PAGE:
A Message from the Elders

Hauling a skin boat for whaling
Horsepower replaces dogpower in hauling a skin boat for whale hunting—Gambell. Photo credit: Anchorage Museum, Ward Wells Collection, B83.91.S4706.110

Yuungnaqsaraq—our way of being (Central Yup'ik)

Kiyaqhneq—way of life (St. Lawrence Yupik)

Inuuniagniqput—the way we live as people (Inupiaq)1

This report is a record of our ancestral connection to the ocean. The teaching of our ancestors
 was based on respect for what the ocean provides. Respectful actions are rewarded by hunting success; disrespectful actions have negative consequences. We were taught never to waste what the Creator has given us, to share our food with the community and to listen to our elders because they acquired wisdom over a long life and keen observation of the world around us.

Today, while technology has changed and certain traditional practices have been left behind, knowing our family relations, sharing food from successful hunts, not wasting our catch and listening to elders’ advice remain the foundation of our culture. Respect for the natural world and caring for our resources are the basis for continued opportunity to thrive on the bounty of the ocean and land. These are the values that the elders Group is committed to transmitting to our younger leaders and to the outside world where decisions are made that affect us.

Edward Kiokun butchering a seal—Mekoryuk. Photo credit: Archives, University of Alaska Fairbanks; Robert W. & Elizabeth L. Stevens Collection; UAF-2003-194-2028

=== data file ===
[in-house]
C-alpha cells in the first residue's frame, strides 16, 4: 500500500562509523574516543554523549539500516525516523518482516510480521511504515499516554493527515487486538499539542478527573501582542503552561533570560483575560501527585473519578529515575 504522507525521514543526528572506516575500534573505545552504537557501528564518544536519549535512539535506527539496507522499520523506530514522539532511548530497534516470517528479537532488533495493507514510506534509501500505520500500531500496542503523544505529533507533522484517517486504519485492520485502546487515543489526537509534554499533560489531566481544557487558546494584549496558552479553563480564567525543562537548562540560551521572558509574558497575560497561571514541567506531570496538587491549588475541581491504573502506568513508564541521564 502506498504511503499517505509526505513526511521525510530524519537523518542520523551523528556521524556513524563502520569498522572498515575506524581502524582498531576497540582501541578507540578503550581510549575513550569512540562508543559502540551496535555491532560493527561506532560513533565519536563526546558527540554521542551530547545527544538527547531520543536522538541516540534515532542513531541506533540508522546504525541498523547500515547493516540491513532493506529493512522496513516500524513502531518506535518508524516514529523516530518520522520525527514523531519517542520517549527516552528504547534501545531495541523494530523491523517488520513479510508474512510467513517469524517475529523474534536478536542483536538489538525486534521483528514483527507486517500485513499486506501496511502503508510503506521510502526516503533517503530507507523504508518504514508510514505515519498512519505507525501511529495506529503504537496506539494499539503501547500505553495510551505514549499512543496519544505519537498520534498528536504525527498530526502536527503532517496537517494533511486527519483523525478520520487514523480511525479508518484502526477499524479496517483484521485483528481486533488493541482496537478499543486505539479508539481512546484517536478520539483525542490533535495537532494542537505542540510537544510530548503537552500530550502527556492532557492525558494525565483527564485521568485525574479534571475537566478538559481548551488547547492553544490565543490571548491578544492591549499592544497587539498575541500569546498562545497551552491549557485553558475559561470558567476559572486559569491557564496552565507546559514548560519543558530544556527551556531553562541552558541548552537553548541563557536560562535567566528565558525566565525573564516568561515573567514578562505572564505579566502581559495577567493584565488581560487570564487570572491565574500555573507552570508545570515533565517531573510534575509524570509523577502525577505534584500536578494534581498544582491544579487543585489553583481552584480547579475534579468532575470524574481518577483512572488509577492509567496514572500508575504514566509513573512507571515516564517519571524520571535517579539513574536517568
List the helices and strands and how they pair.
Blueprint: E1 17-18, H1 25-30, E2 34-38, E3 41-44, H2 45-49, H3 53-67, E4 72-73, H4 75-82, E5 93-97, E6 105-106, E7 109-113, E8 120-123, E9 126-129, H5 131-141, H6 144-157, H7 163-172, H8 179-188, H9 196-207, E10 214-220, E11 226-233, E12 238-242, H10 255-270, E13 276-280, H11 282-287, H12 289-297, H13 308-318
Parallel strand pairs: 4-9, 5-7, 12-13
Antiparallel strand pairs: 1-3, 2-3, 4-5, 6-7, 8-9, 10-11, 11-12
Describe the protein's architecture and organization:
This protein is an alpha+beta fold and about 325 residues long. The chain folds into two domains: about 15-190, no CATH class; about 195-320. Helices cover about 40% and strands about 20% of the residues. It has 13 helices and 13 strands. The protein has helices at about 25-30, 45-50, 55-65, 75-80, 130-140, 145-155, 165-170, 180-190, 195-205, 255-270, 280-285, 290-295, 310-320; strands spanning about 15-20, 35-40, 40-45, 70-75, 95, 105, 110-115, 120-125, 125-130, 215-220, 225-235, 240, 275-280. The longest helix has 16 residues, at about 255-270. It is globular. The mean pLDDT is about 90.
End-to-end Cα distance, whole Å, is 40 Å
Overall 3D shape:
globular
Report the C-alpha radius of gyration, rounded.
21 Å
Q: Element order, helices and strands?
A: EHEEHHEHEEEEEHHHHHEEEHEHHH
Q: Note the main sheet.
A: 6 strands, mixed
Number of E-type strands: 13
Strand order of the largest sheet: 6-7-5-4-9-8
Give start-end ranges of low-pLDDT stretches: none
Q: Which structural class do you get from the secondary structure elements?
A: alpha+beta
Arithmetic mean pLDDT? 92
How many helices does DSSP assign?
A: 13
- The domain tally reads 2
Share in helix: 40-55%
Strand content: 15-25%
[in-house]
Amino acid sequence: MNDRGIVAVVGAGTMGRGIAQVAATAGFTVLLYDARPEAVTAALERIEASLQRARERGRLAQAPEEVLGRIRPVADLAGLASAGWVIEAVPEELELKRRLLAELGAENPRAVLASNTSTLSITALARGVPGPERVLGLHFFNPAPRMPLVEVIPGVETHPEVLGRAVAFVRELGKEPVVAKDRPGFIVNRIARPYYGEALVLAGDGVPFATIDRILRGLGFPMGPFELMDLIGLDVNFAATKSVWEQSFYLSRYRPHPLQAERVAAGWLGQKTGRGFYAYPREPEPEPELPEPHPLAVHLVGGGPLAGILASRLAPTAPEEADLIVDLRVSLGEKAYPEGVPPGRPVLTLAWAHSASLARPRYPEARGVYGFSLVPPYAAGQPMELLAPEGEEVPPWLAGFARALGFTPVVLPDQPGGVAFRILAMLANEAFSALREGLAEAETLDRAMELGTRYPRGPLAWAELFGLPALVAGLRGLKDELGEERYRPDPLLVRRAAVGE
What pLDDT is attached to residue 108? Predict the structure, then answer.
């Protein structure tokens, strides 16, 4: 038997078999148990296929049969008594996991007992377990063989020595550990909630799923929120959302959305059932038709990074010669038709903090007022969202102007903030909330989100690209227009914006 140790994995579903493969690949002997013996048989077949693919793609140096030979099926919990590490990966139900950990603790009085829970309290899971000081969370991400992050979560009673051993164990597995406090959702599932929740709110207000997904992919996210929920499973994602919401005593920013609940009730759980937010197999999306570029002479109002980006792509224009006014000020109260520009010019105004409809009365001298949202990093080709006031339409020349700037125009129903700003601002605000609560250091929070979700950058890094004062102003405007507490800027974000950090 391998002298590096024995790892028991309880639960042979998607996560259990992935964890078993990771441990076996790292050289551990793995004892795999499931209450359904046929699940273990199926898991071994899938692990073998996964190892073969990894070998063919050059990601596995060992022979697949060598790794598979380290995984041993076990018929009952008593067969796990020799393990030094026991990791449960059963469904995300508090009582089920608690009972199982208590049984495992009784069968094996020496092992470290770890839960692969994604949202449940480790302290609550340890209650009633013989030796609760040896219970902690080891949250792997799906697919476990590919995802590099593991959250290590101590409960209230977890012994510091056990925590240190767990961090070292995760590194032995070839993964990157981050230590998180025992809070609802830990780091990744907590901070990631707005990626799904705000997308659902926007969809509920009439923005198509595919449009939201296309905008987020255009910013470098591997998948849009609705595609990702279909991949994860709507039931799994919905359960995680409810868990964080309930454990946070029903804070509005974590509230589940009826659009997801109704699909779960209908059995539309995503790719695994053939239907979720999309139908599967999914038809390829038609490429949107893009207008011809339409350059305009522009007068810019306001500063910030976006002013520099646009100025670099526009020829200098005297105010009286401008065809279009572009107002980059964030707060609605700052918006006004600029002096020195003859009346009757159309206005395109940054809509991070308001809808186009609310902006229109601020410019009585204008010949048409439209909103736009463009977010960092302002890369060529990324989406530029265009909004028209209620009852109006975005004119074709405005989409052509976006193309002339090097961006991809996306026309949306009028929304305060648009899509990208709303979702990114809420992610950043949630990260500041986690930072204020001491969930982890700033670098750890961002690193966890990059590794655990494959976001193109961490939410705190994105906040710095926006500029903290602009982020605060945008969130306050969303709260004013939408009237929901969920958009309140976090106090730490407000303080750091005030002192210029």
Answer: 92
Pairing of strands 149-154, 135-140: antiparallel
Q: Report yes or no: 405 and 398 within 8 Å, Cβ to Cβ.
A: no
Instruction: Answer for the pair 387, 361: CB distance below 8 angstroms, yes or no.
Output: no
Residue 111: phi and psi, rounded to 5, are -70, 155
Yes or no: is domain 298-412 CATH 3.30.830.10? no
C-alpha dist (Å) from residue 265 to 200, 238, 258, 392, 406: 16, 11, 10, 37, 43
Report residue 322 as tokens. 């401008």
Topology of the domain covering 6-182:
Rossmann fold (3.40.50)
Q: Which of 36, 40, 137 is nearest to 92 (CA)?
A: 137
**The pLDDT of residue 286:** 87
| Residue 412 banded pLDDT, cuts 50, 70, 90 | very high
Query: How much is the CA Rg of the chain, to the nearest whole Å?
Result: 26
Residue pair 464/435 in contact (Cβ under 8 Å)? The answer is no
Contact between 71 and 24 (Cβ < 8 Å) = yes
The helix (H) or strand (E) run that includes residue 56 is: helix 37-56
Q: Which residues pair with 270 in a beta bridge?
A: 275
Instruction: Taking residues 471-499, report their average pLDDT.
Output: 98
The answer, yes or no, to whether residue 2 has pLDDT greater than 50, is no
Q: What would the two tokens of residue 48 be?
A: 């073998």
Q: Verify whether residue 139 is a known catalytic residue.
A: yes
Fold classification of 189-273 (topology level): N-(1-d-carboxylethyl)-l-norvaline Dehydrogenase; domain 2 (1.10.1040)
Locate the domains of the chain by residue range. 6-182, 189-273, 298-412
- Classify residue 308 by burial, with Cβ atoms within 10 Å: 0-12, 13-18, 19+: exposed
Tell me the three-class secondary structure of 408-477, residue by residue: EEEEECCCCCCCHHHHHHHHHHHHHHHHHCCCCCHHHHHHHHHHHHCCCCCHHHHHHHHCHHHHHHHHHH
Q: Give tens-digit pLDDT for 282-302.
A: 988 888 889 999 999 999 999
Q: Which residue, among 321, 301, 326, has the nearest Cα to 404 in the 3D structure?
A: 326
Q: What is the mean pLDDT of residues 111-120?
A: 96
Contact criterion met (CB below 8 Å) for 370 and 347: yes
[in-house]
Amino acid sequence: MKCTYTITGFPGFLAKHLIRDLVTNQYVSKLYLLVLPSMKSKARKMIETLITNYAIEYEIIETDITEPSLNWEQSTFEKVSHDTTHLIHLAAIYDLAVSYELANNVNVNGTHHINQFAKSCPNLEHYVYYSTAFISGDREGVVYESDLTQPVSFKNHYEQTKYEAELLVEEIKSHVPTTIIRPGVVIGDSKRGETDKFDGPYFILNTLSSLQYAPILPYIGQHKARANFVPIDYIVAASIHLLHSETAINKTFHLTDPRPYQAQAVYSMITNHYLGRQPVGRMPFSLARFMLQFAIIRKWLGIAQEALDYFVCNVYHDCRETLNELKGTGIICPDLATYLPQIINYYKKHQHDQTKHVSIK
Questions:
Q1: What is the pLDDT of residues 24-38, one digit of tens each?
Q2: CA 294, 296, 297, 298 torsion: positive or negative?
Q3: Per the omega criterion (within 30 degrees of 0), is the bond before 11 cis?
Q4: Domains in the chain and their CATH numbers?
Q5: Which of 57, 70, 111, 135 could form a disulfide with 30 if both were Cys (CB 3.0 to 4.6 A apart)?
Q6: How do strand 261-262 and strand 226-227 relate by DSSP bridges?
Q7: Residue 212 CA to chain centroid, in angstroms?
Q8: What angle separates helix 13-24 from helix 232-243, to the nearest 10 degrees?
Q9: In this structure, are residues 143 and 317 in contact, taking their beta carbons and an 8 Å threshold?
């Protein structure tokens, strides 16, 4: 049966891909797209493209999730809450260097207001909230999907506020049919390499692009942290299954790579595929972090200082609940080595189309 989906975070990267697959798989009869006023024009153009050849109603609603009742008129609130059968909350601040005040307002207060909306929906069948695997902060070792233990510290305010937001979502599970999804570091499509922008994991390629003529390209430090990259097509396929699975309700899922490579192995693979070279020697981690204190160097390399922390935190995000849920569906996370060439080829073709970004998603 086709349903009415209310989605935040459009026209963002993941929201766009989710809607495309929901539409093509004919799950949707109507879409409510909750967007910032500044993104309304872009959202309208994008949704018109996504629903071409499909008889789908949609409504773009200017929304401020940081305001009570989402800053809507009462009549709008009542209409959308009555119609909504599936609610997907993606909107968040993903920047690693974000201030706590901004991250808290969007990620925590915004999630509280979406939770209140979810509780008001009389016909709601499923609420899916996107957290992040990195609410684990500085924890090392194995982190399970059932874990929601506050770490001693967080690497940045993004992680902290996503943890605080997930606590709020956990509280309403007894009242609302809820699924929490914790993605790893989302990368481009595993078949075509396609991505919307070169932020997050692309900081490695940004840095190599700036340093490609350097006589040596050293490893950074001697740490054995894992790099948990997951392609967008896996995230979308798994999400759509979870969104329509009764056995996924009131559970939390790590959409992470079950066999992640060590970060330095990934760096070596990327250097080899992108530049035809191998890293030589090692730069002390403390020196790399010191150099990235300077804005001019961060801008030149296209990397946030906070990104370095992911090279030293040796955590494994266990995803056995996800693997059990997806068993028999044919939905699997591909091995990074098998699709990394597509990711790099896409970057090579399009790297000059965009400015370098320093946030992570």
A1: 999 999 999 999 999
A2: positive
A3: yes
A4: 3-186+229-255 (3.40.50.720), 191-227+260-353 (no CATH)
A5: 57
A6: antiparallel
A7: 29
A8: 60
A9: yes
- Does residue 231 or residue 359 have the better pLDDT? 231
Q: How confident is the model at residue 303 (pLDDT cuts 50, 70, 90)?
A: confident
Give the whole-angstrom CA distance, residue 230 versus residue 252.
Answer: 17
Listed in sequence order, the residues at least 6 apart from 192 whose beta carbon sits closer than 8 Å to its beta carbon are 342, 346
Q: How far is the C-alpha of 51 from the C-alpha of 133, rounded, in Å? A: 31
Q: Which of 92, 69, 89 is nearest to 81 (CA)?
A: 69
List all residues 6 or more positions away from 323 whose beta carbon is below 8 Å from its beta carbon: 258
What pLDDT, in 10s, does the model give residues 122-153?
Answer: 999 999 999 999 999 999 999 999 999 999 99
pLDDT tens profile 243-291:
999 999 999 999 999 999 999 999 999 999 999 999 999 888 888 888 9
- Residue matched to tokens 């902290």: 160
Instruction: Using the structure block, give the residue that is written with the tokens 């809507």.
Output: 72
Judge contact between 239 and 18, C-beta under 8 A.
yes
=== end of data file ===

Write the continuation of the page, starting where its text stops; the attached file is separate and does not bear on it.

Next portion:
This Island is small but there are names [for places] all around the island, bottom and top, from the waterline to the top. North, south, east, west. What we eat is seafood out of the ocean. Auklets feed out of the sea. Seals, walrus, crabs, bullhead, blue cods, and the birds are eating off of the sea. So that everything that we eat depends on the sea for their food too as well as ourselves here on the island. The sea is our food warehouse.2 From “Diomede Island Names, Places and Stories”

Our subsistence lifestyle IS our culture. Without subsistence we will not survive as a people...If our culture, our subsistence lifestyle, should disappear, we are no more and there shall not be another kind as we in the entire world.3 John Active – Bethel

More messages from the elders:
On sharing
On gratitude and respect

Last Updated: 
Thu, 01/21/2016